A federal judge on Monday stopped Catholic University from auctioning off a memorable white and blue dress worn by Judy Garland in ‘The Wizard of Oz’ after a Wisconsin woman filed a lawsuit claiming she was the rightful owner of the gingham chasuble garment worn by Dorothée.
Judge Paul G. Gardephe of the U.S. District Court in Manhattan granted a preliminary injunction a day before the dress was scheduled to go to auction in Los Angeles, where it was expected to sell for more than $1 million. The Catholic University had planned to use the money to staff a new professorship at the School of Music, Drama and Art in Rome.
Judge Gardephe ruled that the dress could not be sold by the Catholic University until the lawsuit was resolved. The two sides are due to meet in court on June 9.
In her lawsuit, filed earlier this month, Barbara Ann Hartke claims the dress belonged to the estate of her uncle, the Reverend Gilbert Hartke, who was once chairman of the university’s drama department and was awarded the dress as a gift in 1973 from the Academy. Award-winning actress Mercedes McCambridge, who was also artist-in-residence at the university.
Ms McCambridge had ‘specifically and publicly’ given the dress to Mr Hartke as a token of gratitude for ‘helping her deal with alcohol abuse’, the lawsuit says.
Mr Hartke died in 1986 and Mrs Hartke says she is his closest living heiress.
The lawsuit says Ms McCambridge was a ‘close confidante’ of Ms Garland, but it’s unclear exactly how she got the dress.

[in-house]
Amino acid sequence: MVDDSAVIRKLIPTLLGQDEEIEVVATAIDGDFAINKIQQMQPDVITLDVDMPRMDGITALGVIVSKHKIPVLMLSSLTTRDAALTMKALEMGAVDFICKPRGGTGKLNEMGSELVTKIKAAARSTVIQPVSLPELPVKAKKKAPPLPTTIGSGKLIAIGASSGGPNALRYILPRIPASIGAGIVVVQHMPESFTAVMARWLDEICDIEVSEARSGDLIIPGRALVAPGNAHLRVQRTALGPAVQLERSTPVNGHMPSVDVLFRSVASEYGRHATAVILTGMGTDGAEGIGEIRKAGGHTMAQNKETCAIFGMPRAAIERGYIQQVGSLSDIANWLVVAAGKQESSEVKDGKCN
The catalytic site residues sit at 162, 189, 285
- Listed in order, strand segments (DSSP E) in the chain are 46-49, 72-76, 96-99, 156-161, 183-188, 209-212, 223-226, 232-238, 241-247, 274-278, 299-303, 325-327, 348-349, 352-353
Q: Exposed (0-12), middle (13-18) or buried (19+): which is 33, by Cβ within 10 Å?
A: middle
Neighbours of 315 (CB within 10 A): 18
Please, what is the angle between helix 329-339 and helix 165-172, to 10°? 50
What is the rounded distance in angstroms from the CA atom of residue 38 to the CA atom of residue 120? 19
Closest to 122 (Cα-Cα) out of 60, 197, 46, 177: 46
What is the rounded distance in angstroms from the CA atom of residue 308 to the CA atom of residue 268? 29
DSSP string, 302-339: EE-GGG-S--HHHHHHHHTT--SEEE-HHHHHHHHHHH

The university maintained that the dress was a gift from Mr. Hartke and that he wanted it to be kept at the institution.
Shawn Brenhouse, a lawyer for Catholic University, said in a statement late Monday that the judge’s decision “was preliminary and did not address the merits of Barbara Hartke’s dress claim.”
“We look forward to presenting our position, and the overwhelming evidence contradicting Ms. Hartke’s assertion, to the court in this litigation,” Mr. Brenhouse said.
Anthony Scordo III, a lawyer for Ms Hartke, did not immediately respond to an email seeking comment on Monday evening.
The flimsy dress has become a legend since Mrs. Garland wore it in the Technicolor classic in 1939, completing the checkered look with ruby red slippers sought after by the Wicked Witch. Ms. Garland wore several versions of the dress, but only one other is known to still exist. It was sold in 2012 by Julien’s Auctions for $480,000. In 2015, it again sold for nearly $1.6 million.
The location of the second dress was a mystery until it was found by chance last year in a shoebox, inside a bag, sitting on top of college mailboxes. Matt Ripa, a lecturer and operations manager at the drama school, found the bag while clearing the area in preparation for the Hartke Theater renovation.
the Smithsonian National Museum of American History helped authenticate the dress, which features a fitted bodice, high-necked blouse and full skirt, with a fabric tag inside inscribed “Judy Garland 4223”.
Ms Hartke claims in her lawsuit that her family was never informed of the discovery by the university. They knew a dress existed and were surprised to read headlines about preparations for its auction “without any compensation to its rightful owners,” the lawsuit says.
“There is no documentation showing that ‘Mr. Hartke ever donated the gown to Catholic University,’ the lawsuit says.